Health Department Employs Four Females Who Served in the Military
Pictured Left to Right: 2nd Lieutenant Kendra Curran, US Air Force; Janine Vose, US Navy; Terre Hendricks, US Air Force Reserves; Sherry Vallone, US Coast Guard. All four are/were employed by the Northeast District Department of Health in Brooklyn. Curran was recently called to active duty.
(BROOKLYN) – Four female employees of Northeast District Department of Health (NDDH) recently discovered a common link they all shared – a passion for service – not just in the work they perform at the local health department, but exemplified by service to their country. All four have or are currently serving in the military.
Kendra Curran, Terre Hendricks, Sherry Vallone and Janine Vose are part of the NDDH public health team who share a unique bond of military service. The discovery came at a recent staff meeting where talk turned to a farewell party for Curran, an Air Force Reserve Officers’ Training Corps graduate who was recently called to active duty.
“Kendra, Sherry, and Janine were all hired within the last few years at NDDH and their military service was listed on their resumes, so we knew their backgrounds,” explained NDDH Education and Communications Coordinator Linda Colangelo. “When we started talking about the irony of being such a small workplace and having three military veterans on staff, Terre, a 14-year employee, nonchalantly said, ‘I can relate. I served, too.’ With Veterans Day on the horizon, we knew we had a unique story to tell.”
Terre Hendricks, who is an NDDH Registered Sanitarian, joined the U.S. Air Force Reserves in 1985 and worked as a Bioenvironmental Engineering Technician, responsible for workplace safety and industrial hygiene for employees. Six months after 9/11, she was deployed to Kuwait, Qatar, and then Germany. From 1996-2005, she was an Air Transportation Technician, loading and unloading military aircraft cargo. She retired in 2005 as a Master Sergeant and began work that same year at NDDH. “The lessons I learned in the Air Force – patience, self-discipline, and teamwork – have served me well in my work at the health department,” she said.
Janine Vose was 17 when she joined the United States Navy, following in the footsteps of her father, a retired Navy SeeBee. Vose, who joined the Danielson Fire Department at age 16, put her skills right to use as a Damage Controlman (on-ship firefighter) and was stationed in Guam. Vose serves as the NDDH Public Health Nurse, also works as a nurse in the Day Kimball Hospital Emergency Department, and is an EMT and Medical Lieutenant with the East Killingly Fire Department. “If I could have foreseen my future, I should have been a corpsman!” said Vose.
Sherry Vallone, who first served as an intern at NDDH and was later hired as an Environmental Health Specialist, entered the United States Coast Guard in 1991. She served eight years active duty and two years inactive ready reserve, attaining the rank of Petty Officer 2nd Class. Following boot camp, she was assigned to the Aviation Training Center in Mobile, Alabama. Vallone’s service kept her stateside, serving in Petaluma, CA as a Health Services Technician, then to Governor’s Island in New York, and finally to the Coast Guard Academy in New London.“What drew me to the military was my failed attempt at being a pilot,” explained Vallone. “I was going to college to become a commercial pilot. The defining moment? I was at the controls of a Cessna two-seater, and had come in for a landing, and then skipped three times down the runway on one wheel. Ground control called and jokingly said, ‘We have to call the cement trucks to fix the potholes you created.’ That’s when I decided maybe the waters of the Coast Guard would be a better fit for me!”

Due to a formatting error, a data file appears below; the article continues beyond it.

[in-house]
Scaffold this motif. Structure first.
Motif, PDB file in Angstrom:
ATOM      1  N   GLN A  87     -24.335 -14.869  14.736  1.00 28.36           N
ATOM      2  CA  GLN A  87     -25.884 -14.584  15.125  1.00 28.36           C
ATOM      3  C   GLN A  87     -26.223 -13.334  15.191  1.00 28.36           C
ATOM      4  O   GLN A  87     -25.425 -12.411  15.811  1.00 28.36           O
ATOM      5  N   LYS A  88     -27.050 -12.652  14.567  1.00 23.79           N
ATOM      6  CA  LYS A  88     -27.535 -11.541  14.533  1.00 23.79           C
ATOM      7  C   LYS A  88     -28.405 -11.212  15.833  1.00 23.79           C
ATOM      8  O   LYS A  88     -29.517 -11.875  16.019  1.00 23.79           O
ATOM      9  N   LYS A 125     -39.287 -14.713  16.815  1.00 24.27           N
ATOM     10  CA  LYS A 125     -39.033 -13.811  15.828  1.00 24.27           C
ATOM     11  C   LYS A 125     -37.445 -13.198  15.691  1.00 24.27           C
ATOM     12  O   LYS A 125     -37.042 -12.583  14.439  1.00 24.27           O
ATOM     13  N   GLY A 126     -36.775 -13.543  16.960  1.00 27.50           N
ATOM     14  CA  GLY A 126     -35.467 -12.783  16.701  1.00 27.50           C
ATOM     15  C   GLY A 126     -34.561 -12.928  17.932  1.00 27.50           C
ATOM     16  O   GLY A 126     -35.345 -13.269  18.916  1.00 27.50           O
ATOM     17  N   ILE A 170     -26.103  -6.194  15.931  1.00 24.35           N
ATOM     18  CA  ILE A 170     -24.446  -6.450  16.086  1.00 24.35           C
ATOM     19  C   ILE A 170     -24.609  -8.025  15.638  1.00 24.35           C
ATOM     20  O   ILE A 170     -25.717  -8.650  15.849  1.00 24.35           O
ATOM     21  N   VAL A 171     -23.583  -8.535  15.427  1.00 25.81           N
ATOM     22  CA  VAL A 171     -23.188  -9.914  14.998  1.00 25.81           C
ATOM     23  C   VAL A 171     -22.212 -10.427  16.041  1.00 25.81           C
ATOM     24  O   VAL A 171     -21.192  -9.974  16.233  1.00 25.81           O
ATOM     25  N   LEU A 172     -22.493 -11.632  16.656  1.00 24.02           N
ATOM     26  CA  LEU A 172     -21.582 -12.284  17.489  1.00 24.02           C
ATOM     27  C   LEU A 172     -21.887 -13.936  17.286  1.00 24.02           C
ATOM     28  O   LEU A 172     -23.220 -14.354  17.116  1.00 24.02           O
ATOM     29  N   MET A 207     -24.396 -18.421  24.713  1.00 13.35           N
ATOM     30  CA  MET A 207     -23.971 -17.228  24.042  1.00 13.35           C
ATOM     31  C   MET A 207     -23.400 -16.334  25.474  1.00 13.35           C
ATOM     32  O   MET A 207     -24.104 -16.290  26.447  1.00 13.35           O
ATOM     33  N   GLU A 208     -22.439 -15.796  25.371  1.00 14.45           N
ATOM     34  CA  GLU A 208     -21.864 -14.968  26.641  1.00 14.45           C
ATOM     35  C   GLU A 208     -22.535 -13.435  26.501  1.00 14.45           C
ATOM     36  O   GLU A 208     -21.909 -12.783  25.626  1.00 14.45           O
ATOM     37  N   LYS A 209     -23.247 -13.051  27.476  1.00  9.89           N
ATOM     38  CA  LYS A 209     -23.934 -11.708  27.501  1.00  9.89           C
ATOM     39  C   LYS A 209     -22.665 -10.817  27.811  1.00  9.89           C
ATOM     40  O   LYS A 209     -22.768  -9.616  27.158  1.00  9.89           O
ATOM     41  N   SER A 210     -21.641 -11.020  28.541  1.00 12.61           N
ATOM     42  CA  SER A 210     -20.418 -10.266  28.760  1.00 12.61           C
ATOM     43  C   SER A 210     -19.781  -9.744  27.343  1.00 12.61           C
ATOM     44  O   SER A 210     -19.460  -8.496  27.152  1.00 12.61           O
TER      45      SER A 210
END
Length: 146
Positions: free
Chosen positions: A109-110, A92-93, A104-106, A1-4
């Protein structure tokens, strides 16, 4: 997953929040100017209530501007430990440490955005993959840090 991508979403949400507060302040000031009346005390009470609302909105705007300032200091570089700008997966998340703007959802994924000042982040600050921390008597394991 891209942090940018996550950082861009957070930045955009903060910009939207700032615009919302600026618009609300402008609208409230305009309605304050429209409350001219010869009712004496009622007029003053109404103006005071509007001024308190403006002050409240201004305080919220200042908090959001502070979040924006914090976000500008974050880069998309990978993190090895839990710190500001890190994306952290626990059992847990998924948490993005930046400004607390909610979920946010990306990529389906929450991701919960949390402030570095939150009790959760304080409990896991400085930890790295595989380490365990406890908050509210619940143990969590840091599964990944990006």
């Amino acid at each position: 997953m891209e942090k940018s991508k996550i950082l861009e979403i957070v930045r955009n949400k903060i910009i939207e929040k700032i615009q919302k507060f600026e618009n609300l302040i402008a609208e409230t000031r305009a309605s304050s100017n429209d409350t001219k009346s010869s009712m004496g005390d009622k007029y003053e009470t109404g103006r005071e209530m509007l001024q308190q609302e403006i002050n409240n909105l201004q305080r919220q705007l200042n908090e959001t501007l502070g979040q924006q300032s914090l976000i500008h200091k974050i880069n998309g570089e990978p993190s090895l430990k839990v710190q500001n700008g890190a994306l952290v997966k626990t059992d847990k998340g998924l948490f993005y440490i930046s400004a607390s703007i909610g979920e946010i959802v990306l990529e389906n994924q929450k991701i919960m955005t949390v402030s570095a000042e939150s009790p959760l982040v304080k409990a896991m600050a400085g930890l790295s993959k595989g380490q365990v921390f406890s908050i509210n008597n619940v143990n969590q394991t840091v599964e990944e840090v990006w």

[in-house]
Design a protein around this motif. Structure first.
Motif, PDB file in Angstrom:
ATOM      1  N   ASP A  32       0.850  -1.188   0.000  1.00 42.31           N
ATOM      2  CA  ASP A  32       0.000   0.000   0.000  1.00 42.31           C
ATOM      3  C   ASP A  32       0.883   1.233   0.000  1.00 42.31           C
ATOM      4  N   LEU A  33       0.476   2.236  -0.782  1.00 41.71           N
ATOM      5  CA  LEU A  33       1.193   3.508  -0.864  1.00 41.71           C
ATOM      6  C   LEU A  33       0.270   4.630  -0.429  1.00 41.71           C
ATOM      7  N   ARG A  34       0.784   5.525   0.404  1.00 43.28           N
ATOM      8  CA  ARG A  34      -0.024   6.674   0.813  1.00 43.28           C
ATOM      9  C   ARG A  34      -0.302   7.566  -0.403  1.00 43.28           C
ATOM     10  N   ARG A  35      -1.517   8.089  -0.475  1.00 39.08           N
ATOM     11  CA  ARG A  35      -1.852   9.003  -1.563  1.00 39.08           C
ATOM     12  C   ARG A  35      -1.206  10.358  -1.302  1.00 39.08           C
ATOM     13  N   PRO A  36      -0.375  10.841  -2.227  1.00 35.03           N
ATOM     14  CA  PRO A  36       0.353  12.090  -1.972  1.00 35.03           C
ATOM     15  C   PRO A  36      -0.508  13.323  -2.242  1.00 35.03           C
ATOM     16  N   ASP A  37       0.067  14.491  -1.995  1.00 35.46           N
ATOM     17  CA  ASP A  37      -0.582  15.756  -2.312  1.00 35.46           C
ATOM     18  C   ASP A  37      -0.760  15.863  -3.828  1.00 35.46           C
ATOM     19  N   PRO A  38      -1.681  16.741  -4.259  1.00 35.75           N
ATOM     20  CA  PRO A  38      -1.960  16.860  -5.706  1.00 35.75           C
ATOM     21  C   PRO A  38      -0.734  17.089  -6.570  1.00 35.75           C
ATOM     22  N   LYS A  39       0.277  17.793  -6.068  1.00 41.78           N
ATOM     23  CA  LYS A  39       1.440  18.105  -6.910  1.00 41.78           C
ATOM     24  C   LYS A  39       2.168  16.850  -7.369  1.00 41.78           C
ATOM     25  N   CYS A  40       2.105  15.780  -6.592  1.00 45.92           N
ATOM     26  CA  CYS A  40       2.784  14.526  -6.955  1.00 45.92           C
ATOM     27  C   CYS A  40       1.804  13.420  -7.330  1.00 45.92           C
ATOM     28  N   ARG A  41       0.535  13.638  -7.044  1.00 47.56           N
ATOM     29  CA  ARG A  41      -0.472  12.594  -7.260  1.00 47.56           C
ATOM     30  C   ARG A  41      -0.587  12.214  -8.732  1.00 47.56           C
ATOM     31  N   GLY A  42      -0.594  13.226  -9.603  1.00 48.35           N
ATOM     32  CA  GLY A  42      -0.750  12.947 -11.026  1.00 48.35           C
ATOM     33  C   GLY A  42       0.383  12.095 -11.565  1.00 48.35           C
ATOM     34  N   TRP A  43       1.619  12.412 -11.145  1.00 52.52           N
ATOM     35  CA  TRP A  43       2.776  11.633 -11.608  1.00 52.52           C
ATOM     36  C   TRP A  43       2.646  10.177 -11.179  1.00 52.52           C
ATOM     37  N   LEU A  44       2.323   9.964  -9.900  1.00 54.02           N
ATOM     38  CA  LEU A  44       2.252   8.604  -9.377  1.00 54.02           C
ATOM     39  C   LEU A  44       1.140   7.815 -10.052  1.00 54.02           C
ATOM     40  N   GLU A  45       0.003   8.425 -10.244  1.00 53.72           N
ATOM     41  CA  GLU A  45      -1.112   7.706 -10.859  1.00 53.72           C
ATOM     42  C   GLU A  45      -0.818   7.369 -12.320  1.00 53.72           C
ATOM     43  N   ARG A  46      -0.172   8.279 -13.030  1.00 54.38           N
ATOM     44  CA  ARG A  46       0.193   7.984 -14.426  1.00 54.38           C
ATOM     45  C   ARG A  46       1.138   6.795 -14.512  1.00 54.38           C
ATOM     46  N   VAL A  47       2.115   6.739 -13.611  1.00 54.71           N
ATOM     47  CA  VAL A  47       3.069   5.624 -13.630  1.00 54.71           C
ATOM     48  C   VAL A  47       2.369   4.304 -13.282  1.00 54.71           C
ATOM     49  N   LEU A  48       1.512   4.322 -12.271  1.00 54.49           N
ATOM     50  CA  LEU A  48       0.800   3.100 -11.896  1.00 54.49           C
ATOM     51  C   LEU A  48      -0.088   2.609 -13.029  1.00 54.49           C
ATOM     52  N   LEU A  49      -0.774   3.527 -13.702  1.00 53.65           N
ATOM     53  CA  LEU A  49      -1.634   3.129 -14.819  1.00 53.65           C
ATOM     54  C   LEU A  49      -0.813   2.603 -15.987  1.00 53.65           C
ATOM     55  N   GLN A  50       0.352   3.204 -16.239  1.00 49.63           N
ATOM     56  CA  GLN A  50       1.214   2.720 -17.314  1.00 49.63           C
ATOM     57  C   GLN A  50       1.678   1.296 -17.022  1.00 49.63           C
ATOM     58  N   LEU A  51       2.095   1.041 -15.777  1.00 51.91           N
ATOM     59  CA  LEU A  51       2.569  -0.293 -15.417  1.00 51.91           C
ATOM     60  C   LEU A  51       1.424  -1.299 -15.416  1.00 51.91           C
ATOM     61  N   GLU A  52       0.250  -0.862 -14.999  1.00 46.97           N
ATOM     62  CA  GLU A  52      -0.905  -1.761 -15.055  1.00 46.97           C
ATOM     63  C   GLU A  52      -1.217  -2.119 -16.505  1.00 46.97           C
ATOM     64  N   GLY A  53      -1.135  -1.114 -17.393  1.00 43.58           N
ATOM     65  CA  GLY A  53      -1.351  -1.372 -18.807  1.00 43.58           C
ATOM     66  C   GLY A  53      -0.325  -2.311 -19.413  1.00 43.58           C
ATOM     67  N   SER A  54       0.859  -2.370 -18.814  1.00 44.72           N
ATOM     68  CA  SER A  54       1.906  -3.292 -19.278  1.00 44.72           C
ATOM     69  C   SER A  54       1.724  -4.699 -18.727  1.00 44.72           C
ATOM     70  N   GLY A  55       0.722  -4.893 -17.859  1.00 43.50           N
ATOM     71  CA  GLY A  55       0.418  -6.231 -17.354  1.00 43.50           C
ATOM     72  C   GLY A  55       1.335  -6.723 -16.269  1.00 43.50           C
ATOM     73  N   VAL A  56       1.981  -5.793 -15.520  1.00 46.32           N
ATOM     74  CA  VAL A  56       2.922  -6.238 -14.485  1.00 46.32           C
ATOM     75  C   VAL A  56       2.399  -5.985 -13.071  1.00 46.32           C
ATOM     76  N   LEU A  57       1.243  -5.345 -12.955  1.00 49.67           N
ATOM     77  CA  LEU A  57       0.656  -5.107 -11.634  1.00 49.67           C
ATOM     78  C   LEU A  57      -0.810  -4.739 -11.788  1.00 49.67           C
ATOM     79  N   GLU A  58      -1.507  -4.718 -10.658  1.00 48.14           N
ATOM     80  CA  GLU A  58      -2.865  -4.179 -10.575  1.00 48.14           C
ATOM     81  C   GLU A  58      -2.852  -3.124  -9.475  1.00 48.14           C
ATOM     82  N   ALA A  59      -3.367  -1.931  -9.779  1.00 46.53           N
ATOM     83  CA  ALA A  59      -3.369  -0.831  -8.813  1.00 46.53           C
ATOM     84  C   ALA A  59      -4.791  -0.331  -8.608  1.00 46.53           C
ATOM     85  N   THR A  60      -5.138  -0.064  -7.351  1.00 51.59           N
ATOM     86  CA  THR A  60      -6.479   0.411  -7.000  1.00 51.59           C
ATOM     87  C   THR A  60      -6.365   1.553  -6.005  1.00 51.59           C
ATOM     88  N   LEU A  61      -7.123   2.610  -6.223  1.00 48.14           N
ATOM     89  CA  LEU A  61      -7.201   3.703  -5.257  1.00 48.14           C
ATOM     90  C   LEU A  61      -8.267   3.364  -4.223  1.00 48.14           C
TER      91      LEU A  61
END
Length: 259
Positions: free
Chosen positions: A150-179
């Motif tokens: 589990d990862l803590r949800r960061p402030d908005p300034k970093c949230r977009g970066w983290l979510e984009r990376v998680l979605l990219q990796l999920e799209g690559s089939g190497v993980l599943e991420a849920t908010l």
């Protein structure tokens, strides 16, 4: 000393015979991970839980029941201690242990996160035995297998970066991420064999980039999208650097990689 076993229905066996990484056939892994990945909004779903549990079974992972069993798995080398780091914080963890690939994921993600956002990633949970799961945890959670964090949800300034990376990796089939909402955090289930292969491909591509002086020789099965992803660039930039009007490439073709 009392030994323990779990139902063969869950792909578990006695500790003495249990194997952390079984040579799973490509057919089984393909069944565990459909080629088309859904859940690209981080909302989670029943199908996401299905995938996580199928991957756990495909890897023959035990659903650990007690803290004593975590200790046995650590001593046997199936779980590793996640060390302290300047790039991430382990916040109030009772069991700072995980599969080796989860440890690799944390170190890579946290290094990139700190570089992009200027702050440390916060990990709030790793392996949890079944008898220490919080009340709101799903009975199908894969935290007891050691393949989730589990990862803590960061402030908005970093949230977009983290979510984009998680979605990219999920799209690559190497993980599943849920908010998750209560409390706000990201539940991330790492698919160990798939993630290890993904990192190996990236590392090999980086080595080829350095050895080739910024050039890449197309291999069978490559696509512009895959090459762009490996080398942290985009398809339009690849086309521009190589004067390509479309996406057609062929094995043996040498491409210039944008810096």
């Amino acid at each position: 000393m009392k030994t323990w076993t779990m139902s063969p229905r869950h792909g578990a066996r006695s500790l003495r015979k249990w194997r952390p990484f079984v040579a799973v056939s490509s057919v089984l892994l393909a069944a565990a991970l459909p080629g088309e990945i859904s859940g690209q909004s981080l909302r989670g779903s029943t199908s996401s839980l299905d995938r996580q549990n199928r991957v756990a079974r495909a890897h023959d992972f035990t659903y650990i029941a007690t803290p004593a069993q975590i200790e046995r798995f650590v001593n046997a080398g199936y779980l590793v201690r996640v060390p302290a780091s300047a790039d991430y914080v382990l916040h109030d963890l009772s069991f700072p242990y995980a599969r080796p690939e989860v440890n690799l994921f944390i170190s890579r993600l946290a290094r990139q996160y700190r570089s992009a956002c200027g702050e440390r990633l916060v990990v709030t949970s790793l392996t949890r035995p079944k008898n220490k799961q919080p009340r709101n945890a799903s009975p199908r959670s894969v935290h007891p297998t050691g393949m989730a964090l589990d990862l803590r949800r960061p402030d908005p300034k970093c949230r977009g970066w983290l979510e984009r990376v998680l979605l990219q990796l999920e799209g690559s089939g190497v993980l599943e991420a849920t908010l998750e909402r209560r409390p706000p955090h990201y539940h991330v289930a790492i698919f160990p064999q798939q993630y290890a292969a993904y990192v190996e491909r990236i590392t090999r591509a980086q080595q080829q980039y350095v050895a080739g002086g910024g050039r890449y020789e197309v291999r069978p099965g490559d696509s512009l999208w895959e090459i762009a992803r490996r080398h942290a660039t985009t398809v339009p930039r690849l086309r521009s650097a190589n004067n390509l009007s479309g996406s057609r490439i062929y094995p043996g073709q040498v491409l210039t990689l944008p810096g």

Kendra Curran served as the NDDH Community Health Assistant and just entered the United States Air Force as a 2nd Lieutenant, Logistics Readiness Officer. “I chose the Air Force because it was the branch that I felt best aligned with my core values and offered the career opportunities I was looking for,” said Curran. “My initial training has contributed to my confidence, time management, and love for new adventures…much like my tenure at NDDH.”
Curran received plenty of tips from her veteran colleagues when called to active duty. “Enjoy your time, consider it as a career. Some of my greatest experiences and friendships came from being in the military,” said Hendricks. Vallone offers, “You are now part of an elite group that offers life-long camaraderie. Wherever life takes you, you’ll find a veteran who understands the commitment you made.” Vose adds, “Kendra will fit in just fine. She knows when to ask questions and has great intuition. You can just tell she is going to excel.”
NDDH Director of Health Sue Starkey echoes the sentiments of her staff. “We are so very proud to employ veterans among our cohesive team of employees, who are all dedicated to providing the very best public health service to our residents. We thank them for their service to our country...and to our district. We are anxious to watch Kendra’s future take flight.”
Curran’s advice to herself? “I hope to remain true to myself and serve with integrity and compassion.”